On Infrastructural Strategies and Tactics for Urban Screens
Public urban screens are material interfaces for engaging with the relations between urban inhabitants and the urban infrastructures in which they live and pass. This presentation reflects upon the relations between Shanghai’s entrepreneurial-state context for urban screens and the tactics of adjacency available to urban media artists and curators (and by extension urban inhabitants) for encountering them. Mainstream platforms and technological systems “generates movement” within the city, as critics of infrastructure have argued; yet “this movement creates possibilities for other new actions and mobilities to occur.” Urban screen infrastructures are thus productively approached in the performative modalities of the interface. Marking “a shared space of dialogue as well as a site of contestation and tension,” urban screens here sit at the razor-thin line between competing articulations of ‘adjacency.’ Indicative of the potentials of expression, experience, and encounter that might emerge in the proximity of otherwise unlike domains – here among unlike layers of urban infrastructure – adjacency is articulated by Out of Home urban screen industries in recombinant innovations that advance us toward new technological and urban futures. It is here where media artists and curators, however, have opportunity to take advantage of the layering of urban/screen infrastructures to potentiate other ways of being to be recognized in the city. Here, practices of adjacency can reframe the urban screen to make known the relations, encounters, movements, and sensations that otherwise sit in the shadows or interstices of our everyday lives in the entrepreneurial city.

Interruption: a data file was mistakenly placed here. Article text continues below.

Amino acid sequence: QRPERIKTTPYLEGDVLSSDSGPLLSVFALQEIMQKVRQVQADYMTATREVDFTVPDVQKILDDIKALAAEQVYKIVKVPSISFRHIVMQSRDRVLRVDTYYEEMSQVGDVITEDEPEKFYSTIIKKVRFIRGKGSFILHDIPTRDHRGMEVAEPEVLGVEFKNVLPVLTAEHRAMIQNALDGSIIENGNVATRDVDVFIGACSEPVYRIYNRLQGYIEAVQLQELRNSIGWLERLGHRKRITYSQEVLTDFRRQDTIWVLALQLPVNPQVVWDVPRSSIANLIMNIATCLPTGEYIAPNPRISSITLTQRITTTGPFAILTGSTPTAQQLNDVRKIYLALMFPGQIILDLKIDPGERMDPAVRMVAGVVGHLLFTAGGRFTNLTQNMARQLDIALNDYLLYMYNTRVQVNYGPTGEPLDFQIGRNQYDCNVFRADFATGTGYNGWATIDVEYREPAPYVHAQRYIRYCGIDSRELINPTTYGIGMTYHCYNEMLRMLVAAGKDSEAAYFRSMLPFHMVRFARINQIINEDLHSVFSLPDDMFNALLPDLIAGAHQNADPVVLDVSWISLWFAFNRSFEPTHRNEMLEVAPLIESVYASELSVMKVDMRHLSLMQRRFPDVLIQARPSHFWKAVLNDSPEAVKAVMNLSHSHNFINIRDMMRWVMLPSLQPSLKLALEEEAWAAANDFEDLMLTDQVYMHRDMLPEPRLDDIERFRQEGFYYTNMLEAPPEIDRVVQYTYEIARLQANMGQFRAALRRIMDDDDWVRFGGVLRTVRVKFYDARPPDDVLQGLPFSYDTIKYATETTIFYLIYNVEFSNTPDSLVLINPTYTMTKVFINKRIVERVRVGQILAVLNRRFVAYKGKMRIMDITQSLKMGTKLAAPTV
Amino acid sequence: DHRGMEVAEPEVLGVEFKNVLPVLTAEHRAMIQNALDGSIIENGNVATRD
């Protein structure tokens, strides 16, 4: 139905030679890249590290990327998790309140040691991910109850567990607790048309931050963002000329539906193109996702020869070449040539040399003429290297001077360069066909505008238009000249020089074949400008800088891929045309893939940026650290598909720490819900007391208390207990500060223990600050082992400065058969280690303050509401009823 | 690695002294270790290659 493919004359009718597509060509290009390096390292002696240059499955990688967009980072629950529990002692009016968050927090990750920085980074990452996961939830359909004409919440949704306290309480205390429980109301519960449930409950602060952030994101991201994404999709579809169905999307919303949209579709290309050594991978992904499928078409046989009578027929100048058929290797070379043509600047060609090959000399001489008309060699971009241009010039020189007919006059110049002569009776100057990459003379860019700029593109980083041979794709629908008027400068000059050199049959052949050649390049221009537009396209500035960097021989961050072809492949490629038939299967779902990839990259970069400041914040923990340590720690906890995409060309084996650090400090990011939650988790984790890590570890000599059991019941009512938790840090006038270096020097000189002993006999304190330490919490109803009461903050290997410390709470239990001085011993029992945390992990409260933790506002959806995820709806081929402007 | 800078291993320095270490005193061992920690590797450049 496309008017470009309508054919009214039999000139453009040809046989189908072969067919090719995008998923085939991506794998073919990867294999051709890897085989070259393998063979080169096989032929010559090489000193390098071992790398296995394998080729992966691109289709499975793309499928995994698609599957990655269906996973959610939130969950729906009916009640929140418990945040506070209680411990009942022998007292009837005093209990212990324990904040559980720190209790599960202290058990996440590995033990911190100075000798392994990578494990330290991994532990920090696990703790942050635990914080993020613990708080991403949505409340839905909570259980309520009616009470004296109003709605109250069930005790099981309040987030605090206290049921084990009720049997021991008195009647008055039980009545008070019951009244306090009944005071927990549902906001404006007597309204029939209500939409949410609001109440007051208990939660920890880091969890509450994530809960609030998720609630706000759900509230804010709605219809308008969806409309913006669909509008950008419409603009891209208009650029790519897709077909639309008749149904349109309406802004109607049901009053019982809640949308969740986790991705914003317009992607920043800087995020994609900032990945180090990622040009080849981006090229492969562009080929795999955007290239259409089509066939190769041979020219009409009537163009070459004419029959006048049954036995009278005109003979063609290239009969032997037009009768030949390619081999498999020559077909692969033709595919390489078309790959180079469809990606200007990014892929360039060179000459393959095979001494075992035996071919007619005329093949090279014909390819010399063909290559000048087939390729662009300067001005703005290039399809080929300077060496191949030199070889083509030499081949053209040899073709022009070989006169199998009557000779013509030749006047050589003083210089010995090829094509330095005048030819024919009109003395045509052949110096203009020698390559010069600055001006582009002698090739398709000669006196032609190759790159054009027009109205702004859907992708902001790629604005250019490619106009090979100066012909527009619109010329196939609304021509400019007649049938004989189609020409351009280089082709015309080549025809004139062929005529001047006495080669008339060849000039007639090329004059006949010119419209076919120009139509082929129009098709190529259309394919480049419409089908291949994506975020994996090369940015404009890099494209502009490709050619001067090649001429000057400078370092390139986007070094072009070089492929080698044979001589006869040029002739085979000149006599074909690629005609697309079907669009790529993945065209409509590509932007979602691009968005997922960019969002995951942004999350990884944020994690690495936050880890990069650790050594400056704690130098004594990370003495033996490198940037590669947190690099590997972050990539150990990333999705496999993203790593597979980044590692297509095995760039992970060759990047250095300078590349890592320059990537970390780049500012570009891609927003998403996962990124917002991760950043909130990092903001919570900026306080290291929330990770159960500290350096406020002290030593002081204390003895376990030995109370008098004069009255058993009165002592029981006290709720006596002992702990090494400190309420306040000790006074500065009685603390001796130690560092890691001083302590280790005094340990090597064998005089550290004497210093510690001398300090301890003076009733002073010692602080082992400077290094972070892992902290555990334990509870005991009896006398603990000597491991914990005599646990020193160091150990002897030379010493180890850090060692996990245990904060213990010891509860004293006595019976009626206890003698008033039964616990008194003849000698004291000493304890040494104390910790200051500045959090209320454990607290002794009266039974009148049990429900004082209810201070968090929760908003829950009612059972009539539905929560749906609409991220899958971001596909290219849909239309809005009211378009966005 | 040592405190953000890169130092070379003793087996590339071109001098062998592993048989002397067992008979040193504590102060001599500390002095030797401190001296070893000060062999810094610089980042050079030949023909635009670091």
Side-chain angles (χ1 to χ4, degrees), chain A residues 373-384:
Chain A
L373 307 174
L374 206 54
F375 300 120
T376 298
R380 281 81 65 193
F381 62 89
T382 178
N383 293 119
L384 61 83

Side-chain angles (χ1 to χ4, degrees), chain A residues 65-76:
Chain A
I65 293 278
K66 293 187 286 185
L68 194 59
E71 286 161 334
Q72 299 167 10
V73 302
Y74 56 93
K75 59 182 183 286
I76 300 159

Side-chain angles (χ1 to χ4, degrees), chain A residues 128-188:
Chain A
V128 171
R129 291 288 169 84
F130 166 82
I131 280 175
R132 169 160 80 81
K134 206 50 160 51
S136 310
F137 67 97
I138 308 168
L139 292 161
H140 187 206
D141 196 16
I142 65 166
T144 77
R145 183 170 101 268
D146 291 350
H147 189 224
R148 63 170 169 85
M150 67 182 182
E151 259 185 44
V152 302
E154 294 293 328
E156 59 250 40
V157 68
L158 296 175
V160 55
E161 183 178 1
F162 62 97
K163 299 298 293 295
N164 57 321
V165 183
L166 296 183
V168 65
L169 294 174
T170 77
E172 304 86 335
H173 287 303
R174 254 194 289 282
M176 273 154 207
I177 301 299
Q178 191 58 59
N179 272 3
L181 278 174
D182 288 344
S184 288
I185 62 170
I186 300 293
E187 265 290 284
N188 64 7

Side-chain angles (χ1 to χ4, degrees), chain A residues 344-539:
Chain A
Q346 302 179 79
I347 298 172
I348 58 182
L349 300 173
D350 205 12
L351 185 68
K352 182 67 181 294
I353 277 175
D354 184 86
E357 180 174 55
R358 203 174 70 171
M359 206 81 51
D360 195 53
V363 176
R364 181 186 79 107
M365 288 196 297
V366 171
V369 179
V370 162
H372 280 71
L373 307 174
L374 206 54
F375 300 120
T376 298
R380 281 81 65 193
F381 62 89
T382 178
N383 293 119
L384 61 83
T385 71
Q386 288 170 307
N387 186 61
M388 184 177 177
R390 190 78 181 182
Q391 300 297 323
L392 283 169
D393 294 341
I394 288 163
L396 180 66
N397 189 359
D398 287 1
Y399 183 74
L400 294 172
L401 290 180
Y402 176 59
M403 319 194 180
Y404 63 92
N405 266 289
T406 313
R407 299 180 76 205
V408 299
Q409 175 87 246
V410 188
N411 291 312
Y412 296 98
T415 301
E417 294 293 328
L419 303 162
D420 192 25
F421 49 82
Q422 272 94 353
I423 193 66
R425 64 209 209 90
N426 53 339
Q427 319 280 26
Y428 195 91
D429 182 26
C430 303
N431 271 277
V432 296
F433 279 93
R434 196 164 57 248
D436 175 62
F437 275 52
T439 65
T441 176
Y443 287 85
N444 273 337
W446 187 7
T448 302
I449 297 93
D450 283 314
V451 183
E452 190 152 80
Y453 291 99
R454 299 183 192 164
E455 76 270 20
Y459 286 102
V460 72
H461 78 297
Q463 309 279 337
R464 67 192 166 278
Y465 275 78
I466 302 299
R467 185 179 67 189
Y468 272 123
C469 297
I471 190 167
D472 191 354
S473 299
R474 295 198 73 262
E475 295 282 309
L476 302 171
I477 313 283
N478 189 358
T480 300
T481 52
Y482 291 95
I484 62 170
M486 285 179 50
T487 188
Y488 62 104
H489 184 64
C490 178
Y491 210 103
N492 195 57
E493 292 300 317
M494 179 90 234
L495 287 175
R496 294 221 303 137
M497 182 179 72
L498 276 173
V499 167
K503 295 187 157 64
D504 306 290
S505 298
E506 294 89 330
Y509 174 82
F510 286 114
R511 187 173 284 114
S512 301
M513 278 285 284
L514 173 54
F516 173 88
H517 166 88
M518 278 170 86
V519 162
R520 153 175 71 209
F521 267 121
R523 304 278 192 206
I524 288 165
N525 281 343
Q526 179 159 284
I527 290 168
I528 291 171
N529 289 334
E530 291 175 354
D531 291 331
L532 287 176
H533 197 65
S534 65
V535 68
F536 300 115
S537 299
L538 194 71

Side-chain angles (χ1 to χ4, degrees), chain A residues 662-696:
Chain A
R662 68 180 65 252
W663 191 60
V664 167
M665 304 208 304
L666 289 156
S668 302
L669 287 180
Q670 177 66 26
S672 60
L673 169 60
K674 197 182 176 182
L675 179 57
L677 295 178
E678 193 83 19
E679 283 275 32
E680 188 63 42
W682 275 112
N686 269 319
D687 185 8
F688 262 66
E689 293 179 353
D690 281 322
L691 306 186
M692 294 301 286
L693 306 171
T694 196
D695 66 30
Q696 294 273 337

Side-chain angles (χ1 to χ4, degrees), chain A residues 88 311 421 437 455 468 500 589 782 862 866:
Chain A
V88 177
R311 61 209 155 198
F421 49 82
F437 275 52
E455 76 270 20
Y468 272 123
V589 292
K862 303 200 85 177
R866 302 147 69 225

Stephanie DeBoer is Associate Professor of Cinema and Media Arts/Studies in The Media School at Indiana University. Her work and research addresses the dynamics of place, space, and location for transnational and urban film, video, and screen media cultures. Often working in collaboration with other artists, critics, and scholars, her approach draws from such arenas as critical media and screen studies, critical geography and infrastructure studies, global/transnational/regional studies, as well as creative practice and digital humanities. She is the author of Coproducing Asia: Locating Japanese-Chinese Film and Media (U of Minnesota Press, 2014), and her articles have appeared or are forthcoming in journals such as Screen, Theory, Culture & Critique, and Leonardo. She is co-convener of the Screens Collective, which addresses fundamental questions concerning the potential of urban screens as sites of public contact.